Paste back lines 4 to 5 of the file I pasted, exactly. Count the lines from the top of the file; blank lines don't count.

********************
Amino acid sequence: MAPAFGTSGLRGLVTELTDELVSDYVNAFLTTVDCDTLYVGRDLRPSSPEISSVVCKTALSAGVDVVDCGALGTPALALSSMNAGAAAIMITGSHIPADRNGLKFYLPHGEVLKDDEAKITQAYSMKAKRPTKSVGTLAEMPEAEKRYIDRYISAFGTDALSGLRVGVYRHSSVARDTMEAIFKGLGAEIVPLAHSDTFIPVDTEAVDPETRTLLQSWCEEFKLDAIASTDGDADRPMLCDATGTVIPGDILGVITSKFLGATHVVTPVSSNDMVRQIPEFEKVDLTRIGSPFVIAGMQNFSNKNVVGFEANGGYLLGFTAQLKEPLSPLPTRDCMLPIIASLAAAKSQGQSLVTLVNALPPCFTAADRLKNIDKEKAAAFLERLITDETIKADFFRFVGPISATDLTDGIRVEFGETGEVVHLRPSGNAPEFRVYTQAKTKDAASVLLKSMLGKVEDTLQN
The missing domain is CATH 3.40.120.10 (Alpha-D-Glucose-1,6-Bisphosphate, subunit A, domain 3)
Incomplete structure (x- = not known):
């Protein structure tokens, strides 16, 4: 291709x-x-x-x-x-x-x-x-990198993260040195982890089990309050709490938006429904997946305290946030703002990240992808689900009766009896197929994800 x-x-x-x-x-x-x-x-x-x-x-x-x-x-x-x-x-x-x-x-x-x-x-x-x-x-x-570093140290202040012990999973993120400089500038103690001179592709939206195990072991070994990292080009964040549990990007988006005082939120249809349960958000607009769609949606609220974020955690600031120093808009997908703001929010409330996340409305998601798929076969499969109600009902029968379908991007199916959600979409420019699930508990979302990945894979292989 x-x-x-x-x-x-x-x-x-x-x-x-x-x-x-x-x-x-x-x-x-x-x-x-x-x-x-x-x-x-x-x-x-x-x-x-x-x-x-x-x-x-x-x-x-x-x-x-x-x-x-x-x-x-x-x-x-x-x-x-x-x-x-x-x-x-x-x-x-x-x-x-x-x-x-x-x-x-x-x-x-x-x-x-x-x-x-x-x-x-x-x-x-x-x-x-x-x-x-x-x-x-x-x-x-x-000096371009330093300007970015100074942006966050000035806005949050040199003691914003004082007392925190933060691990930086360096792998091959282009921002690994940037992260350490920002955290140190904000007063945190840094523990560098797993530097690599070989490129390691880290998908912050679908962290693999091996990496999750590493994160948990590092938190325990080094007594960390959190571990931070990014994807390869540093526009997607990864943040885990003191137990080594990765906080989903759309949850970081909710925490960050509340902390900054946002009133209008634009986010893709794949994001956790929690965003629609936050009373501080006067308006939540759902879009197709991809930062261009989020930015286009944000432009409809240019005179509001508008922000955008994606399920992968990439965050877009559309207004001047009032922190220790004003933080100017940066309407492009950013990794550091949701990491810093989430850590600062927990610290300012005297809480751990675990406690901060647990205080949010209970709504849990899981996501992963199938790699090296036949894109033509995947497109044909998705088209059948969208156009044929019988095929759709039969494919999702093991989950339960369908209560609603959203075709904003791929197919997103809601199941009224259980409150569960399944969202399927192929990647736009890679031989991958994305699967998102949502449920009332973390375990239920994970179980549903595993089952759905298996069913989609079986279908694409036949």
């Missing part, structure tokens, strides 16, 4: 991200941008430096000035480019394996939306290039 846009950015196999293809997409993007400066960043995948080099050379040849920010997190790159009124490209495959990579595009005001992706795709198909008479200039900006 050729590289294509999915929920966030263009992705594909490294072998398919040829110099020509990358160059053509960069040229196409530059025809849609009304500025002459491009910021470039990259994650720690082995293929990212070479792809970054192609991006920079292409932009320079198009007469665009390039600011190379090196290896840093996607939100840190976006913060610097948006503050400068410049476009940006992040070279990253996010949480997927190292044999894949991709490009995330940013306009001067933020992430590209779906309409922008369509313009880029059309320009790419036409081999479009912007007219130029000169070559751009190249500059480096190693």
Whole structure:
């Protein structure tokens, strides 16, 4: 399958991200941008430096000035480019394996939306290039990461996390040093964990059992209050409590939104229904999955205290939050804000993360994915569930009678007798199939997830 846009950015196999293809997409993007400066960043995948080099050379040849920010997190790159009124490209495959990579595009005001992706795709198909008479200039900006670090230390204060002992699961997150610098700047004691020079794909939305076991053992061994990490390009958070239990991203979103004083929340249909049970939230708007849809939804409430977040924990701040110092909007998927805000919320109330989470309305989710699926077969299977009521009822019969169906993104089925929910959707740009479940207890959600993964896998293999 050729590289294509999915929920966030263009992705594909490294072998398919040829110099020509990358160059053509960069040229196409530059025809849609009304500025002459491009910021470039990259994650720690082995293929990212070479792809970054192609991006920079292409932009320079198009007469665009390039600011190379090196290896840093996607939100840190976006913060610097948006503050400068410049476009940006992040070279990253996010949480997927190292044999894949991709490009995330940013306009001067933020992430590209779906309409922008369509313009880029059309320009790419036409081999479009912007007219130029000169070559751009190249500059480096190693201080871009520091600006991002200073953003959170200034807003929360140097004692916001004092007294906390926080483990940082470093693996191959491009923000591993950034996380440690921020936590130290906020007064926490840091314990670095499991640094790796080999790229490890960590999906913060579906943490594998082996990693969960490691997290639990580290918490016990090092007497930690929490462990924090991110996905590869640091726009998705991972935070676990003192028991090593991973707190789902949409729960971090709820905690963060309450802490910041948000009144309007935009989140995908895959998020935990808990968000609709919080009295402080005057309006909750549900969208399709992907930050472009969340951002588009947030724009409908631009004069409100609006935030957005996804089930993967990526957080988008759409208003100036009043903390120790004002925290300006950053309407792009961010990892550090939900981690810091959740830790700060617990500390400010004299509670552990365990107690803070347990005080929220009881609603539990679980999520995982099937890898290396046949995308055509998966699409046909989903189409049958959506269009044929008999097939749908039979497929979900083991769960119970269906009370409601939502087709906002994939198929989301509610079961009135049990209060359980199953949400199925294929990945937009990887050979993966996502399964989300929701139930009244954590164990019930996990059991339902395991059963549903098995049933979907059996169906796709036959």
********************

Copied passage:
């Protein structure tokens, strides 16, 4: 291709x-x-x-x-x-x-x-x-990198993260040195982890089990309050709490938006429904997946305290946030703002990240992808689900009766009896197929994800 x-x-x-x-x-x-x-x-x-x-x-x-x-x-x-x-x-x-x-x-x-x-x-x-x-x-x-570093140290202040012990999973993120400089500038103690001179592709939206195990072991070994990292080009964040549990990007988006005082939120249809349960958000607009769609949606609220974020955690600031120093808009997908703001929010409330996340409305998601798929076969499969109600009902029968379908991007199916959600979409420019699930508990979302990945894979292989 x-x-x-x-x-x-x-x-x-x-x-x-x-x-x-x-x-x-x-x-x-x-x-x-x-x-x-x-x-x-x-x-x-x-x-x-x-x-x-x-x-x-x-x-x-x-x-x-x-x-x-x-x-x-x-x-x-x-x-x-x-x-x-x-x-x-x-x-x-x-x-x-x-x-x-x-x-x-x-x-x-x-x-x-x-x-x-x-x-x-x-x-x-x-x-x-x-x-x-x-x-x-x-x-x-x-000096371009330093300007970015100074942006966050000035806005949050040199003691914003004082007392925190933060691990930086360096792998091959282009921002690994940037992260350490920002955290140190904000007063945190840094523990560098797993530097690599070989490129390691880290998908912050679908962290693999091996990496999750590493994160948990590092938190325990080094007594960390959190571990931070990014994807390869540093526009997607990864943040885990003191137990080594990765906080989903759309949850970081909710925490960050509340902390900054946002009133209008634009986010893709794949994001956790929690965003629609936050009373501080006067308006939540759902879009197709991809930062261009989020930015286009944000432009409809240019005179509001508008922000955008994606399920992968990439965050877009559309207004001047009032922190220790004003933080100017940066309407492009950013990794550091949701990491810093989430850590600062927990610290300012005297809480751990675990406690901060647990205080949010209970709504849990899981996501992963199938790699090296036949894109033509995947497109044909998705088209059948969208156009044929019988095929759709039969494919999702093991989950339960369908209560609603959203075709904003791929197919997103809601199941009224259980409150569960399944969202399927192929990647736009890679031989991958994305699967998102949502449920009332973390375990239920994970179980549903595993089952759905298996069913989609079986279908694409036949």
């Missing part, structure tokens, strides 16, 4: 991200941008430096000035480019394996939306290039 846009950015196999293809997409993007400066960043995948080099050379040849920010997190790159009124490209495959990579595009005001992706795709198909008479200039900006 050729590289294509999915929920966030263009992705594909490294072998398919040829110099020509990358160059053509960069040229196409530059025809849609009304500025002459491009910021470039990259994650720690082995293929990212070479792809970054192609991006920079292409932009320079198009007469665009390039600011190379090196290896840093996607939100840190976006913060610097948006503050400068410049476009940006992040070279990253996010949480997927190292044999894949991709490009995330940013306009001067933020992430590209779906309409922008369509313009880029059309320009790419036409081999479009912007007219130029000169070559751009190249500059480096190693």